The hassle with turbochargers is that most require custom fabricating to route the exhaust
As it turned out, assembling the parts and building the engine was the easy part. Once Crocie bolted the 489 to Westech's dyno, all sorts of weird things began to occur. With the first pull on the dyno, Crocie knew something wasn't right. "We could hear a whoosh-type noise as soon as the turbo spooled up," Crocie says. That's when he realized the wastegate was too small, so the motor came off the dyno until he found a larger valve.
With the larger wastegate installed and venting, the engine would sometimes make lots of boost and power, and then other times, the power would just drop off. "We kept looking for the rag in the manifold," Crocie jokes. He and Westech's Steve Brule must have checked to ensure the secondaries were opening a dozen times. Everyone was bagging on the Q-jet, so they tried a Holley and the power instantly came up. For anyone else, that would have been the end of the story. But Crocie wasn't willing to give up on the Q-jet so easily, especially because decades earlier the Rochester carb had worked flawlessly. He was determined to find the problem.
This simple set screw now ensures that the large Q-jet secondary throttle plates open with
After several abortive attempts, he decided to start measuring everything that moved, including boost pressure in the manifold and the hat. That's when he discovered he had 19 pounds of pressure in the hat and only 6.5 psi in the manifold. Clearly something was amiss, and everything pointed to the Q-jet's unique secondary throttle linkage arrangement. When the choke is on, a small lever engages a lock on the secondary throttle linkage that prevents the secondary blades from opening. The secondary shaft employs a spring that wraps up and allows the primaries and the linkage to fully open. From the outside, this appears to be wide-open throttle (WOT). The reality is that the spring merely wraps up, while the secondary blades remain closed. When Crocie applied 19 psi of boost pressure through the top of the carburetor, the pressure on the large secondary blade surface area was enough to prevent the linkage from opening the blades. The fix was to use a large set screw to create a direct connection to the throttle blades.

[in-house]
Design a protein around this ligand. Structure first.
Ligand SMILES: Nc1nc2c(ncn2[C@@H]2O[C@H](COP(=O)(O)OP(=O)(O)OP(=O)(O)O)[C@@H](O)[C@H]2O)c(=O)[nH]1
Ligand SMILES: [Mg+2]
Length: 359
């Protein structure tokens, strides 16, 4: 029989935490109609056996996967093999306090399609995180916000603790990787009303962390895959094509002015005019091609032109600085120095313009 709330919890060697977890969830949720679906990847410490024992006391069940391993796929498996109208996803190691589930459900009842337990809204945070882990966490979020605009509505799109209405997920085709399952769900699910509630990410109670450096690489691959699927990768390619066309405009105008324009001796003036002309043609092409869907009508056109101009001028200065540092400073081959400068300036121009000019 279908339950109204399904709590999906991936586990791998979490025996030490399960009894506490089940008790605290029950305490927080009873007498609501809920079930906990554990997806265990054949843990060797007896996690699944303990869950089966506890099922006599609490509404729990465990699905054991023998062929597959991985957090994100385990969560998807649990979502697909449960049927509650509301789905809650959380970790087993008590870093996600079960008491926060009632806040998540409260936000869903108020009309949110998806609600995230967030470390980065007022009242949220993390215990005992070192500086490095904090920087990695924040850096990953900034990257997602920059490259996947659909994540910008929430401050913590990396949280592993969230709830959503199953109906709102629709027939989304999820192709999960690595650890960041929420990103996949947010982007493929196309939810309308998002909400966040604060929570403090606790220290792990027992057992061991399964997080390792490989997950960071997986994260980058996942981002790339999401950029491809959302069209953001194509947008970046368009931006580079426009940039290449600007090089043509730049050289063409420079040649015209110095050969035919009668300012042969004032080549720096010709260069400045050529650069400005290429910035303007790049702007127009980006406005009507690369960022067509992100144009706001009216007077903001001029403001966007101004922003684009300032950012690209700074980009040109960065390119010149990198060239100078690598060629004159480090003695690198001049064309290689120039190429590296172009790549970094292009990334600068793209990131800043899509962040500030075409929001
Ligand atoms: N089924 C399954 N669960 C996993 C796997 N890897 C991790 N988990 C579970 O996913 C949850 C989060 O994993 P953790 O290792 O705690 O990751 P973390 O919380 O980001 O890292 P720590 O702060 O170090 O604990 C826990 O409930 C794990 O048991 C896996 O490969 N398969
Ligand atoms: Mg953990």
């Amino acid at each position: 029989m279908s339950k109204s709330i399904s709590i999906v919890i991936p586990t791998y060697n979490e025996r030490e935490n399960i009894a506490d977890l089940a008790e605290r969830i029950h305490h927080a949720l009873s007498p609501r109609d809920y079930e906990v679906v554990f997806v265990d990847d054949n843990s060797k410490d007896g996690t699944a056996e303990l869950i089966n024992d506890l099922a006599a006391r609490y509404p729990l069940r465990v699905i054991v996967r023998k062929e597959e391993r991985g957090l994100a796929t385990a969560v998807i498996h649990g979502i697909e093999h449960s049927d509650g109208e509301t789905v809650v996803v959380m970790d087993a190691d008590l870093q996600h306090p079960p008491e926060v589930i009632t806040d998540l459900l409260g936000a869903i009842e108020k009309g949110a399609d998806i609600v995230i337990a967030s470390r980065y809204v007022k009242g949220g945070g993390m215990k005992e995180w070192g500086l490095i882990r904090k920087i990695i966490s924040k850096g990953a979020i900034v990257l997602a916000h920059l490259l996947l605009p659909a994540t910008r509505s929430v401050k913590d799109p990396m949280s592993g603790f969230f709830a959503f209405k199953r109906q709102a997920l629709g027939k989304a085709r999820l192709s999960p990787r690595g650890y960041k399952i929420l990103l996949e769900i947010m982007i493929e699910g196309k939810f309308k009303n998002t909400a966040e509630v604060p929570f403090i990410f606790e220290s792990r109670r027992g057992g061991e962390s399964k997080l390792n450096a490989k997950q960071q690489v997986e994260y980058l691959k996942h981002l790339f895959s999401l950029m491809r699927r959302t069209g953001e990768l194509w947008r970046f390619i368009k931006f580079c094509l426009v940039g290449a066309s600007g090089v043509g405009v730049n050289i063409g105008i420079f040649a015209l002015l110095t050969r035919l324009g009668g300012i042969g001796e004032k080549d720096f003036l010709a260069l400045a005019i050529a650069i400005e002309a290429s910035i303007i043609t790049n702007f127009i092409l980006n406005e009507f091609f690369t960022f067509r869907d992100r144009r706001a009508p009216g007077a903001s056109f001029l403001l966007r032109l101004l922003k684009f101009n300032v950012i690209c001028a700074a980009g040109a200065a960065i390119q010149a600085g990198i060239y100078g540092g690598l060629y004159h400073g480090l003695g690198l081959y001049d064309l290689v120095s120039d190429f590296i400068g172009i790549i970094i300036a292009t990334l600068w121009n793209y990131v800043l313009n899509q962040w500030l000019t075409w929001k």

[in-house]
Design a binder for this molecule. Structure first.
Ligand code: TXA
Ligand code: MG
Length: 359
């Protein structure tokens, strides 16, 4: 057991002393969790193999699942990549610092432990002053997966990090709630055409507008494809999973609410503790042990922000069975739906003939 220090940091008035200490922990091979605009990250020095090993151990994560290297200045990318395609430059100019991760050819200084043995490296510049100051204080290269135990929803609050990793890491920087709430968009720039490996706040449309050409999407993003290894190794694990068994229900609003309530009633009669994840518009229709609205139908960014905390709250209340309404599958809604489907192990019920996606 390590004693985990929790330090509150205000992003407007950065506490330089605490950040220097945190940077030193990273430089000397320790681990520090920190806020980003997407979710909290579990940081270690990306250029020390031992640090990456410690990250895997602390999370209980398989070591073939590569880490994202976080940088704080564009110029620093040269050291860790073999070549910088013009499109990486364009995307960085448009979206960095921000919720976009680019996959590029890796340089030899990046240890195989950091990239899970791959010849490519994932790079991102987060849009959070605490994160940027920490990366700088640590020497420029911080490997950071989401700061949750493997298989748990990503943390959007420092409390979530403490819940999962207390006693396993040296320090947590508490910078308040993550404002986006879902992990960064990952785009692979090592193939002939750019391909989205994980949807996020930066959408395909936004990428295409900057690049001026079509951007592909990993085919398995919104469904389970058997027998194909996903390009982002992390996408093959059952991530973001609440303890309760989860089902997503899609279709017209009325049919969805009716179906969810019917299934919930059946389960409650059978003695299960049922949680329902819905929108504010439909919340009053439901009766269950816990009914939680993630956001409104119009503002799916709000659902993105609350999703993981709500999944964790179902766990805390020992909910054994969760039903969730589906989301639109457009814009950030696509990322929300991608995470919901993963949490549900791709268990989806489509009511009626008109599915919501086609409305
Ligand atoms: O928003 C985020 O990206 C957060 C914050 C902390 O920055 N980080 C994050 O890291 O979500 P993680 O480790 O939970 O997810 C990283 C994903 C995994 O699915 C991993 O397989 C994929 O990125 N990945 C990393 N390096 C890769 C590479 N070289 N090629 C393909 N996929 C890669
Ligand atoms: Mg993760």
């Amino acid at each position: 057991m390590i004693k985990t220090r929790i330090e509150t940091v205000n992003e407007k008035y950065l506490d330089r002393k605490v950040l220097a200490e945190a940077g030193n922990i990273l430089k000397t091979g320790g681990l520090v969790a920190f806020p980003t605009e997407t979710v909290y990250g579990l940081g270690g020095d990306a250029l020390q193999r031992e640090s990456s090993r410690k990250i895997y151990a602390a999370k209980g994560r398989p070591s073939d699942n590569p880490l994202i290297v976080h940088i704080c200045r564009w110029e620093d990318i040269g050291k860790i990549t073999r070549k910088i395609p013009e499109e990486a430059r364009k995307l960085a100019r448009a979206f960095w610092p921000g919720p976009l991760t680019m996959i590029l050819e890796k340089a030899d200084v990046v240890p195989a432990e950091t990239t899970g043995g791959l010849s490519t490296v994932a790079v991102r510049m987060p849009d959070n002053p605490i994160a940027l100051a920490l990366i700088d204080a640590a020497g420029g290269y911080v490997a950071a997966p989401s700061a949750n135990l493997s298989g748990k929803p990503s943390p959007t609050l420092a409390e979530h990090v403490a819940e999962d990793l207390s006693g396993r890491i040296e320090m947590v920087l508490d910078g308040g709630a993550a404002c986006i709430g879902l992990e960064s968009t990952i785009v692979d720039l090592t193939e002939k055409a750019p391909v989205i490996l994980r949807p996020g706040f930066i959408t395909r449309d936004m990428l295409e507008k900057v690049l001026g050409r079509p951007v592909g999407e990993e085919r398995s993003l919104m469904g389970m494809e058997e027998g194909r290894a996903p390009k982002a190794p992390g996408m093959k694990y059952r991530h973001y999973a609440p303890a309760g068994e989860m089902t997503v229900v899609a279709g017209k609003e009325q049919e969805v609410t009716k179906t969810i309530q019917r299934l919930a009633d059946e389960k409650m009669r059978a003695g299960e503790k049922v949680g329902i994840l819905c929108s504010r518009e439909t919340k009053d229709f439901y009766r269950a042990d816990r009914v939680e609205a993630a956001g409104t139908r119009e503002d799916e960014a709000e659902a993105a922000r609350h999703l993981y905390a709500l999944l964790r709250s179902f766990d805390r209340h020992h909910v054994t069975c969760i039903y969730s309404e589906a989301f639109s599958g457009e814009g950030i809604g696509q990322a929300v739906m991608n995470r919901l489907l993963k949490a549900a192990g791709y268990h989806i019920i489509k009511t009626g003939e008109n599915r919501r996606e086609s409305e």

Crocie has repressed the actual number of times he was up on the dyno with this motor befo
Getting the secondaries to open merely created the opportunity for more problems. Crocie knew the Q-jet was limited to a single fuel inlet, so he had previously modified the needle and seat to increase the area by roughly 100 percent from the stock 0.110-inch diameter to 0.150 inch and raised the fuel pressure to 9 psi-but the air/fuel ratio vagaries persisted. He then tried an Edelbrock Q-jet that solved the problem, which then led him on a quest to discover why his original carburetor failed. He discovered a photo in a now-out-of-print book, Rochester Carburetors by Doug Roe, in which Roe illustrates a secondary main well restriction and how to remedy the issue. The critical photo is on page 252 if you have a copy of the book. Crocie modified his carburetor and then had to dramatically lean the air/fuel ratio with Q-jet metering rods that finally delivered the air/fuel ratio to a slightly rich 12:1. These last few changes required at least half a dozen trips to the dyno-all in the name of making the right power for this package. But once he got it all sorted out, the Pontiac really made some steam.
Once Crocie cleared the fuel metering hurdle, this Pontiac made some thumpin' torque. The final question arose when they discovered the Pontiac's torque peak was somewhere on the south side of 3,500 rpm-and the 489 was making well over 700 lb-ft even at that rpm. Crocie felt the factory block may not be able to take the abuse, so all testing began at 3,400 rpm with peak torque somewhere below this starting point. Ultimately, the engine made an astonishing 744 lb-ft and a respectable 537 hp. The horsepower numbers obviously could be far greater with a better intake, carb, and exhaust, but given this Pontiac's heritage, these are killer numbers. The biggest problem will be finding a pair of rear tires that can handle the torque.